“This has broad implications,” Cox said. “It potentially exposes the county to liability in all those cases where they interviewed a child where there were not exigent circumstances, a warrant, court order, or imminent danger of injury to a child.”
County Communications Director Michael Workman said the county planned to appeal, and declined further comment because the case was still ongoing.
The lawsuit centered on a short investigation by social workers in February and March, 2013. Dees lived with her two young daughters, her husband Robert Dees and his two daughters from a previous marriage in San Diego.
It started on Feb. 7, 2013 when Child Welfare Services got a investigative referral that Robert Dees had taken naked photos of his 11-year-old daughter, Benitez wrote. The girl said she wanted the photos taken to document her physical appearance as it changed during puberty.
In addition to investigating the circumstances of the 11-year-old, social workers also sought to find out if Sara Dees’s two younger children were also in danger of abuse, court records say.
Nothing came of the referrals, however. By Feb. 21 San Diego police, who had opened an investigation, had closed it and told county social workers that both the police and District Attorney would not be pursuing any case.
“That should have been the end,” Benitez wrote. “It was not.”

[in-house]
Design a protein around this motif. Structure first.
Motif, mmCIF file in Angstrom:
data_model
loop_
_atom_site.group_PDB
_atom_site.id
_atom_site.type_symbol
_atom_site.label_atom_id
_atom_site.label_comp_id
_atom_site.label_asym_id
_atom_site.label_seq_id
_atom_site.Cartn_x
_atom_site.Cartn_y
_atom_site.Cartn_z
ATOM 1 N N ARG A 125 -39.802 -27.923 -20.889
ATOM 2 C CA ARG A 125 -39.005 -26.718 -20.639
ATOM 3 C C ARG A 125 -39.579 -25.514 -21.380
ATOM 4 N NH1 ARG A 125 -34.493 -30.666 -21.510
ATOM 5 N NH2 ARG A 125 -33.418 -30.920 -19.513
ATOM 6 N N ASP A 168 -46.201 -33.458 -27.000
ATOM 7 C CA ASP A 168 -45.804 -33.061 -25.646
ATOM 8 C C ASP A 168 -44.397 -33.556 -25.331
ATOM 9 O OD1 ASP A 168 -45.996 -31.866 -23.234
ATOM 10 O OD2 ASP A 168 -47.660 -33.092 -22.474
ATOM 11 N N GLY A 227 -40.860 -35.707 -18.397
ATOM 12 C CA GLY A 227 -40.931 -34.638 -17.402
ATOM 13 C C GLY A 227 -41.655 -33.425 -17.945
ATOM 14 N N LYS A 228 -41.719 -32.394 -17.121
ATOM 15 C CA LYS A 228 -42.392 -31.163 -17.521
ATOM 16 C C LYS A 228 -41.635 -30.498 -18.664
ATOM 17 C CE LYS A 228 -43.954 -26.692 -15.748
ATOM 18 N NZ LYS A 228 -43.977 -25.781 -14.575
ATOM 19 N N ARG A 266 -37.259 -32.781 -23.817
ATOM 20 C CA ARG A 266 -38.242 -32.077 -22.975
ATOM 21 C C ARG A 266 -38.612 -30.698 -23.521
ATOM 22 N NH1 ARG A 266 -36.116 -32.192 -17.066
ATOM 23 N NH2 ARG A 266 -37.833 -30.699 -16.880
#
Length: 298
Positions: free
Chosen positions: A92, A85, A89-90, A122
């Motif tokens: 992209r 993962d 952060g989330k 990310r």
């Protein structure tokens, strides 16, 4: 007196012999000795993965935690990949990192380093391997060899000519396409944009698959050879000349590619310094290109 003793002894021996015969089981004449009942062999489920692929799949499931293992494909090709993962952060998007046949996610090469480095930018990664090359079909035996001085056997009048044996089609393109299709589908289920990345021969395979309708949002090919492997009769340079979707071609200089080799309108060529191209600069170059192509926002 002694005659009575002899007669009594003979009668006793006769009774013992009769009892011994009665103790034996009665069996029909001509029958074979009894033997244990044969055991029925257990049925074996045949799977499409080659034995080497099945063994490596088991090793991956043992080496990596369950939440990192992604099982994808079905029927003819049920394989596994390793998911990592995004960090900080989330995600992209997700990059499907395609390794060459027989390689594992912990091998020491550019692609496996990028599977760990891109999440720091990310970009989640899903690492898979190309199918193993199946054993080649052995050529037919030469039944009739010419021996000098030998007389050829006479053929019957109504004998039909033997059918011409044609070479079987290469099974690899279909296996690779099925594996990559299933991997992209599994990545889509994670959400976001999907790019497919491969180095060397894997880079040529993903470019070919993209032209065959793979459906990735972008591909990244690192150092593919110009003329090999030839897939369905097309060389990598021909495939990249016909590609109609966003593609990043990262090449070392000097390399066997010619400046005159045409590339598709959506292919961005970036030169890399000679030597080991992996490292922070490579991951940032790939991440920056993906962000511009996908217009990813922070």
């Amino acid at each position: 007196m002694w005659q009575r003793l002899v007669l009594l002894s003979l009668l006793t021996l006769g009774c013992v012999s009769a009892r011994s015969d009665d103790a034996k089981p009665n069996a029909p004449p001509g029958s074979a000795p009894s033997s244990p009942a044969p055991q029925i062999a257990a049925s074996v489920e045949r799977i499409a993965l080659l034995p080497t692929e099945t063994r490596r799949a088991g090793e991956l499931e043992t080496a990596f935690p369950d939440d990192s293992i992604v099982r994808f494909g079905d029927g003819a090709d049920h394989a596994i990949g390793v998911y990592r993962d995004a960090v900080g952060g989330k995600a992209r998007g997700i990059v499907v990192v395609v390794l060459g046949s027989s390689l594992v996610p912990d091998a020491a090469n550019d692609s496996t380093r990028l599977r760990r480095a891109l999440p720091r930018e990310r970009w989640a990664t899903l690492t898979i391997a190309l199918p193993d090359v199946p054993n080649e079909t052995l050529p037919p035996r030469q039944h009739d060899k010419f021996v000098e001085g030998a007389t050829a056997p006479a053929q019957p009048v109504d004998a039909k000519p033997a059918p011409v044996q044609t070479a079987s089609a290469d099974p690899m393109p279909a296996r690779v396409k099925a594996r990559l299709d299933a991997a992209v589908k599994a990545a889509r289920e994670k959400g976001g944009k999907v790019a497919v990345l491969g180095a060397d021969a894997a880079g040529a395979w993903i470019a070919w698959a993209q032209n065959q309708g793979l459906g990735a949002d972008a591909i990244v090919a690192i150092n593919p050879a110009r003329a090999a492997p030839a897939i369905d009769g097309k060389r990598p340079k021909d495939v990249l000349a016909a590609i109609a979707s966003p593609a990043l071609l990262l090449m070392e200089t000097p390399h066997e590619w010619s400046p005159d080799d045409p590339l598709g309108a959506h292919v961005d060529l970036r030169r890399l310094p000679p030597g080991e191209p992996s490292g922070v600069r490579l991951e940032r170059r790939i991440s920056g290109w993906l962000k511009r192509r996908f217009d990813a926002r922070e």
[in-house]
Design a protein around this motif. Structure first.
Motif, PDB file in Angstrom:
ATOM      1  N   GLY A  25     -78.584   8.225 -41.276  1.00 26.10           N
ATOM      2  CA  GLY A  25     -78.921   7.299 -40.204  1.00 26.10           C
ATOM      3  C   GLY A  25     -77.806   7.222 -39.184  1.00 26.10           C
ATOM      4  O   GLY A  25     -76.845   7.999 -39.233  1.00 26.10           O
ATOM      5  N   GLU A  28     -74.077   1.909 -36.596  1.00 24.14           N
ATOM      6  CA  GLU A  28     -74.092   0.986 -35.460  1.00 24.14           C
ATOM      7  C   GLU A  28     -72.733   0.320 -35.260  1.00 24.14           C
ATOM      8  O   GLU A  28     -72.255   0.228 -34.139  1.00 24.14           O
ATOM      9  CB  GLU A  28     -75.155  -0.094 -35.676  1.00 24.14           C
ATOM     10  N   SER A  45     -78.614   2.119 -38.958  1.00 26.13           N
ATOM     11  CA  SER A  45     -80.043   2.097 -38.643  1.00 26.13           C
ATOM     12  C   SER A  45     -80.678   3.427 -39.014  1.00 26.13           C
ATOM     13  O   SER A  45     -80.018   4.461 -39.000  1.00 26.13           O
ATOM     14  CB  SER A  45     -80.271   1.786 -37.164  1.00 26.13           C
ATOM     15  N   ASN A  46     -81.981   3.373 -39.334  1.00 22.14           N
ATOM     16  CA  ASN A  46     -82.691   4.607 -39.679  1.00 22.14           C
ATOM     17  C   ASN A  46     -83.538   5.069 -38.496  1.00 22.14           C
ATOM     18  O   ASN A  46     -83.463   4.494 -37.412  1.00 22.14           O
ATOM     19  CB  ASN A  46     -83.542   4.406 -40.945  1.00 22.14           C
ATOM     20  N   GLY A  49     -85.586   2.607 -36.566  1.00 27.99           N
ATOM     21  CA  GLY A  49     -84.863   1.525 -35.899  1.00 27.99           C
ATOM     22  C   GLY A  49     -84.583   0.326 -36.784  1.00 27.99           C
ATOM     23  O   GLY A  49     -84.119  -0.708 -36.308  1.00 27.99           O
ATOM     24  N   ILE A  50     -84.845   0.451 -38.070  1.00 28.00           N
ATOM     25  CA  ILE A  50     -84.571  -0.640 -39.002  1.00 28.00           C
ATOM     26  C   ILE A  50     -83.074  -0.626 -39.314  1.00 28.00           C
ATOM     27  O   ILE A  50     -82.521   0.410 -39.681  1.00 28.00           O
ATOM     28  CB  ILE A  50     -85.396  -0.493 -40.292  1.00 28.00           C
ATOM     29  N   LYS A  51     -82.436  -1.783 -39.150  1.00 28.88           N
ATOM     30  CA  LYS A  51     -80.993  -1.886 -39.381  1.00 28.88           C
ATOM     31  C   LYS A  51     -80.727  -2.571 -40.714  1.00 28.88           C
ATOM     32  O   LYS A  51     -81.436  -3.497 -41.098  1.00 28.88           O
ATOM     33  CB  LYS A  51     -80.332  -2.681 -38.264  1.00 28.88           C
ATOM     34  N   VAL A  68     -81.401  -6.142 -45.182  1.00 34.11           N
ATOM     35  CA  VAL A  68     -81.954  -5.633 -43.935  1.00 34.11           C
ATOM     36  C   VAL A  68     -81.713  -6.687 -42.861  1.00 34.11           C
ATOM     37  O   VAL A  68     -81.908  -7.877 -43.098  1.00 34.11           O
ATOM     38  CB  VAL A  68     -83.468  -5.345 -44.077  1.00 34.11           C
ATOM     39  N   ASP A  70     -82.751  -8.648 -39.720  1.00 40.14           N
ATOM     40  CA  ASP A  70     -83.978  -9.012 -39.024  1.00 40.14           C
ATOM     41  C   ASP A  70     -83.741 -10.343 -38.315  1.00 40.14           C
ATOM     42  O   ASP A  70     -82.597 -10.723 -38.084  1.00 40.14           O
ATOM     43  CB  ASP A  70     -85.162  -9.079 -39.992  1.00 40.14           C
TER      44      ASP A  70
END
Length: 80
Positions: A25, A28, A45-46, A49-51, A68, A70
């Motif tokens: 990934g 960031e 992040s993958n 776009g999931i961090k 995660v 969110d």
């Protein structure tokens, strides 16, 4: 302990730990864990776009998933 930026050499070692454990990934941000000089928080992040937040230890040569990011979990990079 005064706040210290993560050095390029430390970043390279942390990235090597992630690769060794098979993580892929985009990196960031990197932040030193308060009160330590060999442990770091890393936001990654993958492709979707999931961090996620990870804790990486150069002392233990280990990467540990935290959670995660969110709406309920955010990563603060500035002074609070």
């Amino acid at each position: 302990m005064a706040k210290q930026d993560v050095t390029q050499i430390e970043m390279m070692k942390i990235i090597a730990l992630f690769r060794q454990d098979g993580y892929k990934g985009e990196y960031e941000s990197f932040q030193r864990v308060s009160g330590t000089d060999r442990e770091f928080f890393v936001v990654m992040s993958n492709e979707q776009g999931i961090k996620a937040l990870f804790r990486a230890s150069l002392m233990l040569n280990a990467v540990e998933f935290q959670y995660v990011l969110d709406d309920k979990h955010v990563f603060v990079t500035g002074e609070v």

Five days later social worker Caitlin McCann went to the school where Sara Dees’s two young daughter attend, he wrote. She spoke to the older child for about five minutes.McCann testified at the trial she made the visit to make sure the children were okay and to “wrap up” the investigation.
McCann did not ask for consent from Sara or the children’s father to speak with them, Benitez wrote. One of the children became upset and was screaming down the hallway “CPS is here, CPS is here” after the interview, he recounted.
County policy says that when interviewing children at school who are either the alleged victims of abuse or siblings, parental consent is not needed.
While McCann said she was checking on the status of the kids, Cox said the technique is often used to “dig up evidence” against parents.
The investigation was closed three weeks later, with all allegations determined to be unfounded. But Sara Dees sued, alleging the nonconsensual interviews violated the rights of her children, and her own rights to parent her children under the 14th amendment — a legal doctrine known as familial rights.